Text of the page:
Pronouncing English: A Stress-Based Approach with CD-ROM [With CDROM]

A Stress-Based Approach with CD-ROM
Georgetown University Press
  • erschienen am 8. April 2004
  • Buch
  • |
  • Softcover
  • |
  • 280 Seiten
978-1-58901-002-4 (ISBN)
analysis of all the lexical entries of an entire dictionary, Pronouncing English is complemented by a list of symbols and a glossary. Richard Teschner and M. Stanley Whitley present an improved description of English pronunciation and conclude each chapter with suggestions on how to do a better job of teaching it. An appendix with a brief introduction to acoustic phonetics -- the basis for the perception vs. the production of sounds -- is also included. Revolutionary in its field, Pronouncing English declares that virtually all aspects of English pronunciation -- from the vowel system to the articulation of syllables, words, and sentences -- are determined by the presence or absence of stress. The accompanying CD-ROM carries audio recordings of many of the volume's exercises, more than 100 text and sound files, and data files on which the statistical observations were based.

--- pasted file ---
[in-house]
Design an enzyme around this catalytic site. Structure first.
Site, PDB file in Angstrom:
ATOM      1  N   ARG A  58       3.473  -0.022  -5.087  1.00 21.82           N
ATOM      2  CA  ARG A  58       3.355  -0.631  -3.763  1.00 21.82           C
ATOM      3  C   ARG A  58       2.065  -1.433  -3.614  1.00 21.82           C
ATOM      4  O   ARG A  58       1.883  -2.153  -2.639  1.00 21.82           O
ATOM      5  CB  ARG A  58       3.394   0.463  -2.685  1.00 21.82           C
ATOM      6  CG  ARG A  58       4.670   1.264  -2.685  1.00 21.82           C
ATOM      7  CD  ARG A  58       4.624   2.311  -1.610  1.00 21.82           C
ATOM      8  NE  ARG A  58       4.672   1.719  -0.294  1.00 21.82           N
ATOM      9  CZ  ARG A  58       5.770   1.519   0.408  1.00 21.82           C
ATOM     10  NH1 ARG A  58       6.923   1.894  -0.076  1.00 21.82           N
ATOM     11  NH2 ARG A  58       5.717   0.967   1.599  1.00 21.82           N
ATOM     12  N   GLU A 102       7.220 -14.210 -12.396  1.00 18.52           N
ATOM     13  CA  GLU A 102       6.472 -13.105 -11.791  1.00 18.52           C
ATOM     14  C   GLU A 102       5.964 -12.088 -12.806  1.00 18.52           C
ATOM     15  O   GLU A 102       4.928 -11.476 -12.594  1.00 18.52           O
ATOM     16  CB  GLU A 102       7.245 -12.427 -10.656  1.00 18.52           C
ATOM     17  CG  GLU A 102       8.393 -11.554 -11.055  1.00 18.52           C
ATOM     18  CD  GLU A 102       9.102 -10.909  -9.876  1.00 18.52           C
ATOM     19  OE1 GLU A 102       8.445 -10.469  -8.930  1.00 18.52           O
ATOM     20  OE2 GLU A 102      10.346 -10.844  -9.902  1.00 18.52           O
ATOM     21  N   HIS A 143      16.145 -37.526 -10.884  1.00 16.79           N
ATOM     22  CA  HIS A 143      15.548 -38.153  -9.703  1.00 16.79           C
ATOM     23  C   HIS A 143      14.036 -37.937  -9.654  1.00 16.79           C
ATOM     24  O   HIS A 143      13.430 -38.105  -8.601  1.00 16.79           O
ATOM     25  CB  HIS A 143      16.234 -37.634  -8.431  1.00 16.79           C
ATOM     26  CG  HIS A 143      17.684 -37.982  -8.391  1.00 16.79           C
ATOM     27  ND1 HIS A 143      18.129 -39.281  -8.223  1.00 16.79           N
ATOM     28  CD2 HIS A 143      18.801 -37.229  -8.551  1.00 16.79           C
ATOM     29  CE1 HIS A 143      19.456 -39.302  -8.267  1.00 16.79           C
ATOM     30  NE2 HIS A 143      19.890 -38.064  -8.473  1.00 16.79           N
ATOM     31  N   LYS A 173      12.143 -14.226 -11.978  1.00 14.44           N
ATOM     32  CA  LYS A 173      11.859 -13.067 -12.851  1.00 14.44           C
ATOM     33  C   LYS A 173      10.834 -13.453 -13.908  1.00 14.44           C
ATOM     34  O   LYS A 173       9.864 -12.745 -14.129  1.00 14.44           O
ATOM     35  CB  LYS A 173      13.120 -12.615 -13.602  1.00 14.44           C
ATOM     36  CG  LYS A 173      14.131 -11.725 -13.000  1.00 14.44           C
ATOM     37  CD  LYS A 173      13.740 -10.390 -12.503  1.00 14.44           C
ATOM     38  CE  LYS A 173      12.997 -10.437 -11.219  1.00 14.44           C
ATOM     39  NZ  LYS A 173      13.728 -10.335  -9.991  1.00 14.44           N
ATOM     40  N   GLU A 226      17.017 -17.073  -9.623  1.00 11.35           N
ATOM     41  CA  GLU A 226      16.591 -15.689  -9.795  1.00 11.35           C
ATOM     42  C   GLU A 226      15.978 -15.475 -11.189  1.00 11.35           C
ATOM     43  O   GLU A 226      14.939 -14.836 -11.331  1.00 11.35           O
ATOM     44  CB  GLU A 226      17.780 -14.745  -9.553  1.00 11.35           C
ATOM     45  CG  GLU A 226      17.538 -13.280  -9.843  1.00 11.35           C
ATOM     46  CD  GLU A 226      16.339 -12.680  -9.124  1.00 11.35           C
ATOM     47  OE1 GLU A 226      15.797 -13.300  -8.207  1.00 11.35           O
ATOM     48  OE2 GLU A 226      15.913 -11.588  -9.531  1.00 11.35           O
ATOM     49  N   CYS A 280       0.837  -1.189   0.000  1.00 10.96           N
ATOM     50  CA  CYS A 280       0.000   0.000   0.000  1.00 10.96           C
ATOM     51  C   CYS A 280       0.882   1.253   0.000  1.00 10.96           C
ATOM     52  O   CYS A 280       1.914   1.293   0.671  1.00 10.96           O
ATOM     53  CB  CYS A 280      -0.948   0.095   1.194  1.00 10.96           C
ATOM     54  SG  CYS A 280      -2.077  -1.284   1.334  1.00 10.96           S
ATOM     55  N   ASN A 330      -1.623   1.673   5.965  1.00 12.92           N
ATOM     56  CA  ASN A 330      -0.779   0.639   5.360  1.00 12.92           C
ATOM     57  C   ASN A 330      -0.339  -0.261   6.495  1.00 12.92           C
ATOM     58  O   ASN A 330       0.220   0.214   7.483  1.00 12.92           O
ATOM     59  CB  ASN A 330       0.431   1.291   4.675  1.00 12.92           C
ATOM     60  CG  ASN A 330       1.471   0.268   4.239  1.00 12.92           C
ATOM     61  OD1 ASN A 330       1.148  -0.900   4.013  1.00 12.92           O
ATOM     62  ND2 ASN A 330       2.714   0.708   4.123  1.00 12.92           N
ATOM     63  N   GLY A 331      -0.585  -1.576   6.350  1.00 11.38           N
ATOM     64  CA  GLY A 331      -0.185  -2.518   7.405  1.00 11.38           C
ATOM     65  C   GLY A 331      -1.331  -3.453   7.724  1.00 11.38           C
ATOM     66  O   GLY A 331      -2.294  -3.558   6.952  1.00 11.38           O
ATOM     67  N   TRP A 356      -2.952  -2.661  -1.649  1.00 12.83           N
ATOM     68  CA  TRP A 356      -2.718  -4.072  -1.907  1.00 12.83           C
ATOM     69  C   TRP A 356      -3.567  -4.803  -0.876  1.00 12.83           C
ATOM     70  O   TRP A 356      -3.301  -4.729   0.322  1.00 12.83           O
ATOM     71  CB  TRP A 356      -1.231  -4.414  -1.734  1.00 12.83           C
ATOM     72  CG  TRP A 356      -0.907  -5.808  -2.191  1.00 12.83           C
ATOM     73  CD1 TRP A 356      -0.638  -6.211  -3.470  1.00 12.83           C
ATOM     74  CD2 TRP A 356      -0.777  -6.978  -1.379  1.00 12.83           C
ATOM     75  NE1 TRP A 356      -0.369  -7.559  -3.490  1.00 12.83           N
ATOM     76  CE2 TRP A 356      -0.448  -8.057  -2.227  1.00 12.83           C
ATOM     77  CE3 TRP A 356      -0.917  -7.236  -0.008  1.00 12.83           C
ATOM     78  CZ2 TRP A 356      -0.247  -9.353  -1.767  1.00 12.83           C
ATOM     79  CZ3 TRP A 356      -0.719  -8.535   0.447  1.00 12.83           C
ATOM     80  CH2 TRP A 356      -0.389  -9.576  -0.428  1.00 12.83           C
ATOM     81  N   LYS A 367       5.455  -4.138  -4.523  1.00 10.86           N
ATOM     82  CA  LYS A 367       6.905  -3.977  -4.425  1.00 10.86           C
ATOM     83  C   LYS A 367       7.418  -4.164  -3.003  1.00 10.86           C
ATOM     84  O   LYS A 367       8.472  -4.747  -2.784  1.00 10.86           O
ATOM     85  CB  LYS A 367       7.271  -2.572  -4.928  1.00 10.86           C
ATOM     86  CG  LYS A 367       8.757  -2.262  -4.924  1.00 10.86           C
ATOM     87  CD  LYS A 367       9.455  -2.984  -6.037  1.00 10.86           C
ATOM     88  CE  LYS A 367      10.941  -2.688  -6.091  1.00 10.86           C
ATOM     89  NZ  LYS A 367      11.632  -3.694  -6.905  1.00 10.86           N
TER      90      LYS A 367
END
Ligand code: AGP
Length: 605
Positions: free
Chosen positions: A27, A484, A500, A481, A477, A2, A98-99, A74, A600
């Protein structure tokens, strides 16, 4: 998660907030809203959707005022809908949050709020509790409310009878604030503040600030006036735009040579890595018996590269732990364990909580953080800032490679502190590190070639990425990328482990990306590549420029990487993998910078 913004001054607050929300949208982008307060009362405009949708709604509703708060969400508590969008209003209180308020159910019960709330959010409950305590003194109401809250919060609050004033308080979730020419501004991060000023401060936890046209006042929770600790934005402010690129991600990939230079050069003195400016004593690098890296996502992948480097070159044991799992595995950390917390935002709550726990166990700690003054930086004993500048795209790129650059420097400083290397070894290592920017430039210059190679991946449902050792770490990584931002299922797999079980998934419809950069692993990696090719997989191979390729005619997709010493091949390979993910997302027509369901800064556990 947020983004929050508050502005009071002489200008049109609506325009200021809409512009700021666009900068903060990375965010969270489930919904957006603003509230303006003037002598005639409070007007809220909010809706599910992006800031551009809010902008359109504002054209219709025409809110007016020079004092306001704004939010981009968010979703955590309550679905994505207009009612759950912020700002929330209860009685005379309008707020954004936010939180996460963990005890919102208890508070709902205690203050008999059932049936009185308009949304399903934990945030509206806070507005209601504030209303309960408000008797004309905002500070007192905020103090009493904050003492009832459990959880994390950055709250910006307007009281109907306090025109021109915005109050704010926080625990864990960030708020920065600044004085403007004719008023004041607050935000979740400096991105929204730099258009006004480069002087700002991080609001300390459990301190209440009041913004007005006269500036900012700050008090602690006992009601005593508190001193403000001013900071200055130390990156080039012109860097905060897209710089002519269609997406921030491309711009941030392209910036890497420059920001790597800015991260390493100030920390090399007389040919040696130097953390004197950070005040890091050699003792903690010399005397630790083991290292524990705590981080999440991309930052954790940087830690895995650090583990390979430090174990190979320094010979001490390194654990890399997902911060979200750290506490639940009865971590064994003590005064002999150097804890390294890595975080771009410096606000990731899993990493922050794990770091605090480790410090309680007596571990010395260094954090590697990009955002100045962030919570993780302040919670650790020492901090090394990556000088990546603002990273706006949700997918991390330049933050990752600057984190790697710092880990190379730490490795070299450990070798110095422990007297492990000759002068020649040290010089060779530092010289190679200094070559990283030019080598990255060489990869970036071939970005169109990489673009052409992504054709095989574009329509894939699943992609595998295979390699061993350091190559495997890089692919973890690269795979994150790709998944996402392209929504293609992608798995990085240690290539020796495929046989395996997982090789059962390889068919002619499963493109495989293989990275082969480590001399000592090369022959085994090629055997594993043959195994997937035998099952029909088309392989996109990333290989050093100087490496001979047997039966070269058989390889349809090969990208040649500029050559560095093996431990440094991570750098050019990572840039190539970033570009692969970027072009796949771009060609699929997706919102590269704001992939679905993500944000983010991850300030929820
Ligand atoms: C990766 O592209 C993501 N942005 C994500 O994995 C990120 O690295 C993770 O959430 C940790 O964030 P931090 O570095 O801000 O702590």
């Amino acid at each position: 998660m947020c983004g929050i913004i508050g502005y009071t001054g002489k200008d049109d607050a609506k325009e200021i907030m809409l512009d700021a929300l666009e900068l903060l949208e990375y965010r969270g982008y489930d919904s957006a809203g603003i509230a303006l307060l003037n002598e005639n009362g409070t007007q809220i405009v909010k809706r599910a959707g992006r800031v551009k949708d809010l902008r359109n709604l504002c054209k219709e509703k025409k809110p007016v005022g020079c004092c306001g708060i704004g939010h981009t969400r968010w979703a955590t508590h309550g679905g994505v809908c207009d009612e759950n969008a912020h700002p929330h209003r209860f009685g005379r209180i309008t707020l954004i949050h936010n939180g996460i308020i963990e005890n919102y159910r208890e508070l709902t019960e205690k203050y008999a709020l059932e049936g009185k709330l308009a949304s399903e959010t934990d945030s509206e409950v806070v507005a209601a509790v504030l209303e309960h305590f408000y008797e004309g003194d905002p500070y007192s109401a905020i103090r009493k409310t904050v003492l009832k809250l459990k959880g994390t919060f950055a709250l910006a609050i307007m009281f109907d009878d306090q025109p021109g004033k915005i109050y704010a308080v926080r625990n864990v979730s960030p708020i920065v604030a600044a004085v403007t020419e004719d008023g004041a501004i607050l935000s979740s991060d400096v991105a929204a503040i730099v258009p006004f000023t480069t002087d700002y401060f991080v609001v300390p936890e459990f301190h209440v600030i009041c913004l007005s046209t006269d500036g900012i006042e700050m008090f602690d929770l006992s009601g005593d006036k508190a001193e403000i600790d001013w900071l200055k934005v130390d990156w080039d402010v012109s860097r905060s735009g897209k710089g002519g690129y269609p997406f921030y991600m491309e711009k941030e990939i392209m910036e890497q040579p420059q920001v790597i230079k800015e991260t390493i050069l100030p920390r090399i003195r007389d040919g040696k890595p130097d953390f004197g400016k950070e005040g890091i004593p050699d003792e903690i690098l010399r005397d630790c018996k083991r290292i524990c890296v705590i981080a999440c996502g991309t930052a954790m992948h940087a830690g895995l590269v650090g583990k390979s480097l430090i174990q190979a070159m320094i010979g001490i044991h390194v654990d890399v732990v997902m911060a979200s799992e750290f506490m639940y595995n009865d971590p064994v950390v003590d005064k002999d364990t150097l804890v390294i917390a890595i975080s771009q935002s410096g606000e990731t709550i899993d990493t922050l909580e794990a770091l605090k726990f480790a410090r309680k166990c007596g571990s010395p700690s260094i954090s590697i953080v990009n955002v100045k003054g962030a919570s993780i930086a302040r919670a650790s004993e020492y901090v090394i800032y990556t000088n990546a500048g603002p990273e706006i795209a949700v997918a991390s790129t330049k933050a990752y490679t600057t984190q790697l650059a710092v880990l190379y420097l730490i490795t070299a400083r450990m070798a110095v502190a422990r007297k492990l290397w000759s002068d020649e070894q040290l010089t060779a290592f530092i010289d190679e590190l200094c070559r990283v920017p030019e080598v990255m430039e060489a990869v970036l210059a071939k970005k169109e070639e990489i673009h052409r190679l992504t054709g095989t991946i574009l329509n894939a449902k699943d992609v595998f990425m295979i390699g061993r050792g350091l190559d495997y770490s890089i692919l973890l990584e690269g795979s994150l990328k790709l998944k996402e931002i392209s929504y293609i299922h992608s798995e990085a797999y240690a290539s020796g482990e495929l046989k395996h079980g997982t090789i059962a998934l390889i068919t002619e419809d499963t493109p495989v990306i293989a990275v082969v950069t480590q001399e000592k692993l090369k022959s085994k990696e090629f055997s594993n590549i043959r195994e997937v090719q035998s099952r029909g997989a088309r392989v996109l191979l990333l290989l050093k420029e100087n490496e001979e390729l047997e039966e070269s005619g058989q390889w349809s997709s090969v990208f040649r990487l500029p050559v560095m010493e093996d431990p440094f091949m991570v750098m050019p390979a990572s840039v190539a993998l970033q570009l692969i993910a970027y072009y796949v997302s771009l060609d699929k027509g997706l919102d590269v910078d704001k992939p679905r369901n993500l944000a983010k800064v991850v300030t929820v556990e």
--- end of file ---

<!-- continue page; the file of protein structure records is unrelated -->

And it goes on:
• Englisch
  • Washington, DC
  • |
  • USA
  • Für höhere Schule und Studium
  • |
  • US School Grade: From College Freshman to College Graduate Student
  • Broschur/Paperback
79 Figures; 6 Halftones, black and white
  • Höhe: 254 mm
  • |
  • Breite: 177 mm
  • |
  • Dicke: 25 mm
  • 647 gr
978-1-58901-002-4 (9781589010024)
1589010027 (1589010027)
Richard V. Teschner is a professor in the Department of Languages and Linguistics at the University of Texas, El Paso. M. Stanley Whitley is professor of Spanish and Linguistics in the Department of Romance Languages at Wake Forest University.